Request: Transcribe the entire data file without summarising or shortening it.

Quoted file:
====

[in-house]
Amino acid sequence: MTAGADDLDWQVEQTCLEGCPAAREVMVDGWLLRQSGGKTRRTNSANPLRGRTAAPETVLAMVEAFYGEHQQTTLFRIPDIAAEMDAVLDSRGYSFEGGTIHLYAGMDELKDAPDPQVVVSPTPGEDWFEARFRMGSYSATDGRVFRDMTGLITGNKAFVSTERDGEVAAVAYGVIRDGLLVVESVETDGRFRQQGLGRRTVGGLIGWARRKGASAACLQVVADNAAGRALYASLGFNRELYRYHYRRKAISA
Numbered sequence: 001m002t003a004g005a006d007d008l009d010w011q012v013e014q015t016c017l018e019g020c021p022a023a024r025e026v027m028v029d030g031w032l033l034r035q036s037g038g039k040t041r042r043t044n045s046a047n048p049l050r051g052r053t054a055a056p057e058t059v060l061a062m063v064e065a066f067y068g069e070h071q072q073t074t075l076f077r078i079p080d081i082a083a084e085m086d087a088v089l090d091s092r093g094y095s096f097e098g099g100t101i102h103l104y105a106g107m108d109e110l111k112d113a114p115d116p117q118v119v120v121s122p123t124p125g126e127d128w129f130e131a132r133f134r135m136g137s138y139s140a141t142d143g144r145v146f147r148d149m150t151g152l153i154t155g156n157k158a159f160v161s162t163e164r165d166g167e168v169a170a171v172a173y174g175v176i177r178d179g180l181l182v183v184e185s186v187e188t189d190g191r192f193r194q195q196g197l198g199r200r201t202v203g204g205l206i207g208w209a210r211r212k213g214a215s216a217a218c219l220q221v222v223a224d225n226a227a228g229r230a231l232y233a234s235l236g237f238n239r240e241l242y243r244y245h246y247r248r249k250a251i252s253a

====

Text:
[in-house]
Amino acid sequence: MTAGADDLDWQVEQTCLEGCPAAREVMVDGWLLRQSGGKTRRTNSANPLRGRTAAPETVLAMVEAFYGEHQQTTLFRIPDIAAEMDAVLDSRGYSFEGGTIHLYAGMDELKDAPDPQVVVSPTPGEDWFEARFRMGSYSATDGRVFRDMTGLITGNKAFVSTERDGEVAAVAYGVIRDGLLVVESVETDGRFRQQGLGRRTVGGLIGWARRKGASAACLQVVADNAAGRALYASLGFNRELYRYHYRRKAISA
Numbered sequence: 001m002t003a004g005a006d007d008l009d010w011q012v013e014q015t016c017l018e019g020c021p022a023a024r025e026v027m028v029d030g031w032l033l034r035q036s037g038g039k040t041r042r043t044n045s046a047n048p049l050r051g052r053t054a055a056p057e058t059v060l061a062m063v064e065a066f067y068g069e070h071q072q073t074t075l076f077r078i079p080d081i082a083a084e085m086d087a088v089l090d091s092r093g094y095s096f097e098g099g100t101i102h103l104y105a106g107m108d109e110l111k112d113a114p115d116p117q118v119v120v121s122p123t124p125g126e127d128w129f130e131a132r133f134r135m136g137s138y139s140a141t142d143g144r145v146f147r148d149m150t151g152l153i154t155g156n157k158a159f160v161s162t163e164r165d166g167e168v169a170a171v172a173y174g175v176i177r178d179g180l181l182v183v184e185s186v187e188t189d190g191r192f193r194q195q196g197l198g199r200r201t202v203g204g205l206i207g208w209a210r211r212k213g214a215s216a217a218c219l220q221v222v223a224d225n226a227a228g229r230a231l232y233a234s235l236g237f238n239r240e241l242y243r244y245h246y247r248r249k250a251i252s253a